Restaurant Reviews

Stephan Pyles' Flora Street Cafe Is a Visual Marvel, but the Flavors Just Aren't There

In an interview with the musician Questlove, Chicago chef Dave Beran talks about the perils of creating a signature “hit” dish. “That can put a halt to your progress,” he explains. “When you have that hit, you don’t want to stop doing it.”

Earlier this year, chef and Dallas icon Stephan Pyles stopped doing the hits.

After more than a decade at his self-titled restaurant, serving his famous standards —  tamale tart, cowboy rib-eye, heaven and hell cake — Pyles banished them to his second restaurant, Stampede 66, and started anew at Flora Street Café. His goal now is to cook more formally daring food, challenging Dallas taste buds and avoiding the greatest hits.

The result is a daredevil modernist restaurant of a kind Dallas lacked. Techniques are intricate and frequently high-tech. Plates are so beautifully presented that I spotted a cook snapping cell phone pictures of food before it left the kitchen. Most dishes have five or six components, all demanding analysis. Nothing at Flora Street is suited to chowing down or satisfying a craving. Pyles, who spends most dining hours chatting at the tables of regulars and friends, trusts his kitchen to ambitious youngsters.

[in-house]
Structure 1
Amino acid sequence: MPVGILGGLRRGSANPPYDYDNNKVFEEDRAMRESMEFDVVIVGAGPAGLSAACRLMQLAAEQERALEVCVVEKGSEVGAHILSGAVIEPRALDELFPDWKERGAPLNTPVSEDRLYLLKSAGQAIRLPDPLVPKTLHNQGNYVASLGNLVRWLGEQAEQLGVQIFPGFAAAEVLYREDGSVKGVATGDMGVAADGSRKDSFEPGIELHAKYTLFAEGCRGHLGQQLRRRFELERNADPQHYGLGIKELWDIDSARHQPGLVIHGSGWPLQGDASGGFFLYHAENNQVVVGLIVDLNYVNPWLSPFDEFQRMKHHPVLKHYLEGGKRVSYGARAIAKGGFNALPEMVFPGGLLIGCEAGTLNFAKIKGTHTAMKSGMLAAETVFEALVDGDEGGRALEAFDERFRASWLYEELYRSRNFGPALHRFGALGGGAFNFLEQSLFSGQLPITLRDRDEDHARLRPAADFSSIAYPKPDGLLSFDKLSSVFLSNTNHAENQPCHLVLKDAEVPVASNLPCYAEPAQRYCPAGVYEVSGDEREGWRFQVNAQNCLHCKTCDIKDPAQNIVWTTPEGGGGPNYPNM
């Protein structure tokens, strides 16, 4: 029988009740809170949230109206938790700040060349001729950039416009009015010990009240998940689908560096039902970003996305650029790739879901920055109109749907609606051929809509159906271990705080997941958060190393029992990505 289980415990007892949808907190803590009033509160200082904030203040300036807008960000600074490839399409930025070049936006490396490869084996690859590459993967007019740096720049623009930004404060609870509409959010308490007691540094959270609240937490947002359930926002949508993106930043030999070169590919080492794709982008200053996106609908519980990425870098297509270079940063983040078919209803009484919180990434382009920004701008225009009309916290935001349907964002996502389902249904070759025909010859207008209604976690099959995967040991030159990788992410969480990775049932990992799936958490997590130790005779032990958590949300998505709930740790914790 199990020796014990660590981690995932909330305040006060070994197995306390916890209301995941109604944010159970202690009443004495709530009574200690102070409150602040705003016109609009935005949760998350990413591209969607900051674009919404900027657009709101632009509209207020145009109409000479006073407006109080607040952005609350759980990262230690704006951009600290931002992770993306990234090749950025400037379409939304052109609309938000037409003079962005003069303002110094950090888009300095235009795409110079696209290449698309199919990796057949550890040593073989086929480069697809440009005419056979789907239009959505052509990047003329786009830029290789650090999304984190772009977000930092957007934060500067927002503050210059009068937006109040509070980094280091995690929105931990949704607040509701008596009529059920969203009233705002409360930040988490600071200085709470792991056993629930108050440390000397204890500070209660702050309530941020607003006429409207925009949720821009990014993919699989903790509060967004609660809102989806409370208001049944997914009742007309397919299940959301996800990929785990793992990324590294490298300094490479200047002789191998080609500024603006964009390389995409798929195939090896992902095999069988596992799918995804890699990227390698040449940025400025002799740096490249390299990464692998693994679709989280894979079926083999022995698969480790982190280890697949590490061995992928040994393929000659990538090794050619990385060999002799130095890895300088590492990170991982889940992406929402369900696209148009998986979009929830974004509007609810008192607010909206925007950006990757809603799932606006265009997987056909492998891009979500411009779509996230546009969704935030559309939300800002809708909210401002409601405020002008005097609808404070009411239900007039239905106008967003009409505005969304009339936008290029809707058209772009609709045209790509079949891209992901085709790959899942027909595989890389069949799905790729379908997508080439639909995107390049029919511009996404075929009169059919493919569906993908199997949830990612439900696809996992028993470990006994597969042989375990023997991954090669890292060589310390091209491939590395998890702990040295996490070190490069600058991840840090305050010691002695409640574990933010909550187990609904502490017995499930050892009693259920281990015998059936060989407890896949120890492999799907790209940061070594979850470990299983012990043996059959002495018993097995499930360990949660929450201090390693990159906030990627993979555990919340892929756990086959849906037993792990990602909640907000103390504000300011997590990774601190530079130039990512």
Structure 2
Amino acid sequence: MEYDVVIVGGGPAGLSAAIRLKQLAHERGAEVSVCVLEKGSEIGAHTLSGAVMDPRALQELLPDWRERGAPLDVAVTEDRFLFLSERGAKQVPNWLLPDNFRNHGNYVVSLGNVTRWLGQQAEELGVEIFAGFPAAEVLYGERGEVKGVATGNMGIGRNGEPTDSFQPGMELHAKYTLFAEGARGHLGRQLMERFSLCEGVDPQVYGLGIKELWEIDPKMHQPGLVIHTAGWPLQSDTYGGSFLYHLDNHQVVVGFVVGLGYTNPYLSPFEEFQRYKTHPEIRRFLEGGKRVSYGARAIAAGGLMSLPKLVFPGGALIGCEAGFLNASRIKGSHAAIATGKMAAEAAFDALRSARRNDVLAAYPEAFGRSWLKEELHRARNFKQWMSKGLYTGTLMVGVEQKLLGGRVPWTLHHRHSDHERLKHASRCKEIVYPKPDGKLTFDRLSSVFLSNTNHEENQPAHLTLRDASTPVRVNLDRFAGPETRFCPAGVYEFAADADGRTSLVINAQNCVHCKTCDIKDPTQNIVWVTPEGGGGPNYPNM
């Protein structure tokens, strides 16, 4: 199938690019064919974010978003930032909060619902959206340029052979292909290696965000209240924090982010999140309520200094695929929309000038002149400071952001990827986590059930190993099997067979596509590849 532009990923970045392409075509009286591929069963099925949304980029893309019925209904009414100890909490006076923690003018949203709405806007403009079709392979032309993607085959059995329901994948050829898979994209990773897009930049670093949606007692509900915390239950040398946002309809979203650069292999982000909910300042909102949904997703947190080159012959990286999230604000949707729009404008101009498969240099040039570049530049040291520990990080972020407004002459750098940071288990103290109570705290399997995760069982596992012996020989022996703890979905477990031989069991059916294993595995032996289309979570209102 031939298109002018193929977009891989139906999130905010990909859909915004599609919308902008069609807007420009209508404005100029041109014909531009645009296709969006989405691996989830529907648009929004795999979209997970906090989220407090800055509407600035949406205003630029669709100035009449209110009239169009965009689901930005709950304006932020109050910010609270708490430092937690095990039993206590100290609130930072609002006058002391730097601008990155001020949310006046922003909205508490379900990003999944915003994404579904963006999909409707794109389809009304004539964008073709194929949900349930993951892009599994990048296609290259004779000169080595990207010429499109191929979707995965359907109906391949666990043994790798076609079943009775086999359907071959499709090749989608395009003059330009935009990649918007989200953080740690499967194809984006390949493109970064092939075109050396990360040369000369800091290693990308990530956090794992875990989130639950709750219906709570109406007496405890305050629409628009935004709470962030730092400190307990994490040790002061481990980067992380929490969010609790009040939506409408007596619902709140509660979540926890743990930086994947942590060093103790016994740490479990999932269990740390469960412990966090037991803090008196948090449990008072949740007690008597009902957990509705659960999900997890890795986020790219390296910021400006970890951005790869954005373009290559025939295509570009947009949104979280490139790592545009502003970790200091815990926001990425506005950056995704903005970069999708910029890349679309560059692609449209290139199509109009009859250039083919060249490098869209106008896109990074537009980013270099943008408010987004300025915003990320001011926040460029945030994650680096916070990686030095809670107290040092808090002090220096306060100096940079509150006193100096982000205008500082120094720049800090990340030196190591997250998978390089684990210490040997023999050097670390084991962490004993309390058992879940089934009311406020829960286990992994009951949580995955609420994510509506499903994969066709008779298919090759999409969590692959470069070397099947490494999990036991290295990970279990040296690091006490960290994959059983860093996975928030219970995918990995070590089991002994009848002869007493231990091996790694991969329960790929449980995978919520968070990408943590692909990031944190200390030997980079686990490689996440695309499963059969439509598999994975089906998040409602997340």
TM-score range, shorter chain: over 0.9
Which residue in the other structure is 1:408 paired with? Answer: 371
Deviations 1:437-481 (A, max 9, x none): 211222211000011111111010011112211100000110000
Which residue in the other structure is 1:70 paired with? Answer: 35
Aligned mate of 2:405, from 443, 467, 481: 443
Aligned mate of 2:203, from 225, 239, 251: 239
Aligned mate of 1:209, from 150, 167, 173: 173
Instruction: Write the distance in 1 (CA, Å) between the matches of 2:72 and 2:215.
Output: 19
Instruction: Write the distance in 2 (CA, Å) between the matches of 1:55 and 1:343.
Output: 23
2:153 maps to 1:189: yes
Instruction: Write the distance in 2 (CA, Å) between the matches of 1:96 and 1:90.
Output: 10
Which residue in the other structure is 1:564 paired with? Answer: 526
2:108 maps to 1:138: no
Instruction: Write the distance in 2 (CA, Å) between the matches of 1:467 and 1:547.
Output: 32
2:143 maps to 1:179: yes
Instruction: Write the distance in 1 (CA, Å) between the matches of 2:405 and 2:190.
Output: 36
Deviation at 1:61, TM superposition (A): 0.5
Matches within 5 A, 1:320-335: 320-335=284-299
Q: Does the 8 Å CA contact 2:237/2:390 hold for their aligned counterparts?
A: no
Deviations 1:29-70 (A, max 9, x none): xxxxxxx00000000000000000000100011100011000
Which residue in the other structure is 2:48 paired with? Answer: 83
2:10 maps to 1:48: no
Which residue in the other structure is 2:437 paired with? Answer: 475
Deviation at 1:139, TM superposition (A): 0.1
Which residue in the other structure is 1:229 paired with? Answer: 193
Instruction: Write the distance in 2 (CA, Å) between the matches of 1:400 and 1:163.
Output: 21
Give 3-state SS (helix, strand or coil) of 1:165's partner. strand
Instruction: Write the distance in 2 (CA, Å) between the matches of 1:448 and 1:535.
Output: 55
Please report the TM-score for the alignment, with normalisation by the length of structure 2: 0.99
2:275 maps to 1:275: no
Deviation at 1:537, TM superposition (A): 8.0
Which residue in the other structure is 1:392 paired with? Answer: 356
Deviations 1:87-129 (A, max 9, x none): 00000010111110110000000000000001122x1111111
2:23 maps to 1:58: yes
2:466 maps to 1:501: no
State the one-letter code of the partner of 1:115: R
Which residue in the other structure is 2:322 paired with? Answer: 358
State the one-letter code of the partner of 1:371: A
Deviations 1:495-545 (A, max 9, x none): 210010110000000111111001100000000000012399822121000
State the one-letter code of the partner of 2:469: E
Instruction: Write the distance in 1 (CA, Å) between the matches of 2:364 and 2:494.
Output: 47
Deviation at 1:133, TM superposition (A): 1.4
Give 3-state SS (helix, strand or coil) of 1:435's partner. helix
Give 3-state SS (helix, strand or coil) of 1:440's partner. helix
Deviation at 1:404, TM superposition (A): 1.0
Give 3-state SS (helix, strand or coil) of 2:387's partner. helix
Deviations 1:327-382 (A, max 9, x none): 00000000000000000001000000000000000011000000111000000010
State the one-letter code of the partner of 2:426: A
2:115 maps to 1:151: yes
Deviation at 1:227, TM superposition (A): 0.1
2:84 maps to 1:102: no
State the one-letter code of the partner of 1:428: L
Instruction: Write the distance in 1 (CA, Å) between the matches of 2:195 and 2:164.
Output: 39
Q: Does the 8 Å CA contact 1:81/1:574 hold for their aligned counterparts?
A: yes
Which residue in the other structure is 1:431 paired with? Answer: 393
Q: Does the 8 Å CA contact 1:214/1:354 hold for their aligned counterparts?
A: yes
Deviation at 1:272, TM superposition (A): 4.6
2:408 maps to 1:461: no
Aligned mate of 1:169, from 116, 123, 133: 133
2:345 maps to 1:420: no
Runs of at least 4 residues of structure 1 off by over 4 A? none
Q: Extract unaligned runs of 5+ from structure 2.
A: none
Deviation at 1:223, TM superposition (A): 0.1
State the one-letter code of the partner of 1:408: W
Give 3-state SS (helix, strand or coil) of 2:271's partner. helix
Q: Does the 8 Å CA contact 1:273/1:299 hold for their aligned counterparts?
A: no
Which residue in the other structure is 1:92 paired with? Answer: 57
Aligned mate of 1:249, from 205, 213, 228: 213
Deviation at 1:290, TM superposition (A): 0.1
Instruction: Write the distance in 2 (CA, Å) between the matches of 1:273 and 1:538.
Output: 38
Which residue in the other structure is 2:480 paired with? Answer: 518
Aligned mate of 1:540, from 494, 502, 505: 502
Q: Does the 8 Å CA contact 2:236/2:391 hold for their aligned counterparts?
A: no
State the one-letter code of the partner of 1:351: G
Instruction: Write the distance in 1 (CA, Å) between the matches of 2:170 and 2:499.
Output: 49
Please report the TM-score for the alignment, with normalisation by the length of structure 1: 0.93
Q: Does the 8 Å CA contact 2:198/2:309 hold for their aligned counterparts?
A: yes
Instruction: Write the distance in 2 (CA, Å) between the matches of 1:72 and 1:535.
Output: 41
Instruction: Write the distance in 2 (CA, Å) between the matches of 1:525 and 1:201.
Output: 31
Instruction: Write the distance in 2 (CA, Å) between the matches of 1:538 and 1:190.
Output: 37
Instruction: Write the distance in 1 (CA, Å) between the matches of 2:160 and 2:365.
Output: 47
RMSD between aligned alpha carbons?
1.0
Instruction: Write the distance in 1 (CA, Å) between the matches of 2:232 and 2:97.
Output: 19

The results could be better.

Dining at Flora Street is an odd experience, and not just because the kitchen is so daring. The starters feature playful, even fun dishes. Then the main courses arrive, dull and ordinary, with the kitchen’s endless array of techniques no longer apparent.
So by all means double down on starters, like a classical dry-aged Akaushi beef tartare ($19), one of the best in the city, with thin-sliced onion and peppers, capers and duck egg, or the scallops ($26), fresh and accented with chipotle dust and varied preparations of pineapple. Unexpectedly spicy garnishes are a fixture of the Flora Street experience, like dots of high-powered orange aioli around a crab deviled and returned to its shell ($24) or spiced “popcorn” on the excellent smoked marlin, which comes in a bowl shaped like a big ladle ($18).

Another trend is sly jokes and foods in disguise. The “avocado wedge” under the deviled crab is fluffy avocado flan. Alongside perfectly cooked squab confit in a Hill Country-style sweet-spicy sauce, Flora Street serves a prank stalk of “white asparagus”: apricot panna cotta poured into an asparagus-shaped mold ($26). Crack a thin “ancho glass” to find lobster tamale pie ($28), the only starter that can be enjoyed without memorizing a list of ingredients.